Berklee today is the official alumni publication of Berklee College of Music in Boston, Massachusetts. It is a forum for contemporary music and musicians.
Issue link: http://berkleetoday.epubxp.com/i/132141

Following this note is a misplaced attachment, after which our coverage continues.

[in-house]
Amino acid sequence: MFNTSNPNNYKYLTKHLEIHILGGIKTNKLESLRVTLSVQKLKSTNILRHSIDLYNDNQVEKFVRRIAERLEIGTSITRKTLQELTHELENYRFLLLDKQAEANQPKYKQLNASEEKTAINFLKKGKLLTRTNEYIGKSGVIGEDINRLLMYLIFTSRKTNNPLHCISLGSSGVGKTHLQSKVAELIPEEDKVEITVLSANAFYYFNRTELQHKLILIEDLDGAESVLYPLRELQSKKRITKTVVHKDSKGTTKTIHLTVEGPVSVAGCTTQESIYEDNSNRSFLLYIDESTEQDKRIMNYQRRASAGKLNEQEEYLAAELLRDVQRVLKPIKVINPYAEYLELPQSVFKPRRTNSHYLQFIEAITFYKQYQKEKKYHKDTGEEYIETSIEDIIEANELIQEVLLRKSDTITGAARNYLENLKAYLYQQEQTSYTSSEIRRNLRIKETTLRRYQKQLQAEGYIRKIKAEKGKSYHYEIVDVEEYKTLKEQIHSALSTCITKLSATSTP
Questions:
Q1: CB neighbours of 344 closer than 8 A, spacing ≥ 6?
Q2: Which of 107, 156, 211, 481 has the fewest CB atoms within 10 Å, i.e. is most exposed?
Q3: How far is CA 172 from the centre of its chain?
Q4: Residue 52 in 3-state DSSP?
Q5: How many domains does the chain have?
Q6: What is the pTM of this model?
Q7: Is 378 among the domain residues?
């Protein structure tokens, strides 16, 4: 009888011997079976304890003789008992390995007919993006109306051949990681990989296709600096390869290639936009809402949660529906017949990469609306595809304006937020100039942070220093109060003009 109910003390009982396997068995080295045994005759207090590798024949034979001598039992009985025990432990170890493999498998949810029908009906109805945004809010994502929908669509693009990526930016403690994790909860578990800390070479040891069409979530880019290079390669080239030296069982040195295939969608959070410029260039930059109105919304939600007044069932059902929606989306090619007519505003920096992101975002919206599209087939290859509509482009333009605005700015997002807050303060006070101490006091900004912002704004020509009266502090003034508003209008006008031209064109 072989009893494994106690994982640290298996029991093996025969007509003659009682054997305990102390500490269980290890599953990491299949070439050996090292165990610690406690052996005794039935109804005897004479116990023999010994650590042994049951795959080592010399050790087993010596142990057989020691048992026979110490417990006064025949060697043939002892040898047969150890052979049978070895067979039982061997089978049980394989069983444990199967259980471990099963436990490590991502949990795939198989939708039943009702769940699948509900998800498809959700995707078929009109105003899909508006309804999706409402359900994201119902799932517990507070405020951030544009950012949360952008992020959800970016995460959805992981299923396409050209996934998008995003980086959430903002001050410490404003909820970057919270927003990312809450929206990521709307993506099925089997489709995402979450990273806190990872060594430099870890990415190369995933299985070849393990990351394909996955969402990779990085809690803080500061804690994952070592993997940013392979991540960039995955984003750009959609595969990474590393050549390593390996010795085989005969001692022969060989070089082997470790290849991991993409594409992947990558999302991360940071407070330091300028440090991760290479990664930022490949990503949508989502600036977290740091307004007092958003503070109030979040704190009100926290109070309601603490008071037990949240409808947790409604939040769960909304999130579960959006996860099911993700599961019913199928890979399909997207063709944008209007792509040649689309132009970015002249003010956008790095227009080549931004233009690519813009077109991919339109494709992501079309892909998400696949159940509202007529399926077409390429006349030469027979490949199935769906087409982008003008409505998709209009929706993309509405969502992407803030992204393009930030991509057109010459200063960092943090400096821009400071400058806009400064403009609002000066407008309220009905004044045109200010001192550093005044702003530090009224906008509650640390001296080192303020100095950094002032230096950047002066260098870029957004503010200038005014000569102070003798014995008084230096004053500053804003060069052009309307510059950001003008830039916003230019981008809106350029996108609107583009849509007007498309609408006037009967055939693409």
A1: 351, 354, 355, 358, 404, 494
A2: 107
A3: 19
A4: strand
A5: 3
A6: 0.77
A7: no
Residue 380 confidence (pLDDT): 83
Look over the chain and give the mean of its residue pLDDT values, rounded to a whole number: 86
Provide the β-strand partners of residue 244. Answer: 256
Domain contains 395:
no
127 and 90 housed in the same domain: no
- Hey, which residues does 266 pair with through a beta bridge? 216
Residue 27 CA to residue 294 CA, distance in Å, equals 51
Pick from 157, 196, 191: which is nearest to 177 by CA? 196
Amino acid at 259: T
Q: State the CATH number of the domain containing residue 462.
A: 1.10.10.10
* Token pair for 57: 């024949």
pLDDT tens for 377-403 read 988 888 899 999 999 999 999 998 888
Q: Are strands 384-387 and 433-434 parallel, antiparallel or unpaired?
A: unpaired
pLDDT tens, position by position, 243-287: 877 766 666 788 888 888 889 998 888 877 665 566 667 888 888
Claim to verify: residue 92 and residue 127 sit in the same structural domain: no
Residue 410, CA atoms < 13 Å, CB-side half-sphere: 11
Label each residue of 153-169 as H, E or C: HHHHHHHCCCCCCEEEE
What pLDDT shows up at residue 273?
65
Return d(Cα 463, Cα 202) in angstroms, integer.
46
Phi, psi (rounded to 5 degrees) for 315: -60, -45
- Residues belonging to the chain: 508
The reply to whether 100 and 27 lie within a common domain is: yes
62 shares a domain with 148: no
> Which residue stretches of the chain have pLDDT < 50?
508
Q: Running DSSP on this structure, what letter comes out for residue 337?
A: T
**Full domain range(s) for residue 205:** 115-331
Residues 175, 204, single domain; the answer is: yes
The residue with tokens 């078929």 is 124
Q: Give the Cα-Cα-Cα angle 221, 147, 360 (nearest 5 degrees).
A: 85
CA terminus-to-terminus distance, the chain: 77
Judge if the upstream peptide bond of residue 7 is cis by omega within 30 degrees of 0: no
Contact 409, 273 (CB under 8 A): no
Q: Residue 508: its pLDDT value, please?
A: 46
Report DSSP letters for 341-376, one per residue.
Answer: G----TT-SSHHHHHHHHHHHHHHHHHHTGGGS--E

have large record collections. But these days, people don't have walls of product. Now there is an option to not have to pay for the music we hear. If someone really wants to support indie artists, they can go to their shows, buy an album once a year, or buy a T-shirt. There are lots of ways. We just have to remind people that if they want their favorite artists to keep making music, they have to help. It's not charity. Do you think subscription or streaming services hinder sales of downloads or physical product? I don't think they affect physical sales too much. Some people think the streaming services cut into download sales. I don't see that happening. In my universe of 650 labels, I see streaming services as aggregate income rather than replacement income. For the time being, I believe there are different types of consumers. Some people go to Amazon or iTunes to buy a track; others go to Spotify or Rhapsody and listen rather than download. I think the streaming services just offer another way to engage the consumer. I don't believe they cannibalize download sales. Amazon and iTunes sales as well as the streaming services are growing. What can an indie artist glean from the statements they get about their digital sales? We've had to decide how much or how little information we should put into the statements. If you put in too much, it's overwhelming. I feel it's important to include all track-level information, including the country, type of sale—meaning download, stream, or ringtone—and the store. Our artists can learn that there may be places where they didn't know they were popu- lar and which of their tracks are selling better than others on a given service. Then they can focus their efforts on where they are reaching fans. The most important thing for an artist is to discuss activity they see on their statements with their distributor. That's part of the story that an artist needs to convey that could help their next release. How does an artist get signed to BFM Digital? We are selective about who we represent, we don't have an automatic signup process or a portal to upload your album. People can reach us through our website [see www.bfmdigital.com]. We look at every submission. We represent more than 600 content providers—artists, labels, publishers, and more. We have every style covering jazz, indie rock, world, classical, and reggae music—even yoga music. The music has to be good and marketable. We don't charge an up-front fee, we are partners with our labels in a revenue-sharing situation. So if something doesn't sell, we don't make money. The fscal realities make it hard for us to get involved with a project that is starting from square one. There has to already be a foundation. Do you see ample opportunities for those who want to become content creators? Generally, yes. There are a lot of ways to generate money from music and make a living as a musician. I think it's a challenge when artists limit themselves to just one or two. Now more than before, an artist has to pay attention to the business—even if they have a label or a distributor. Artists have to know how the business works. That's the only way they can increase the chance of making a living doing what they love. Summer2013 29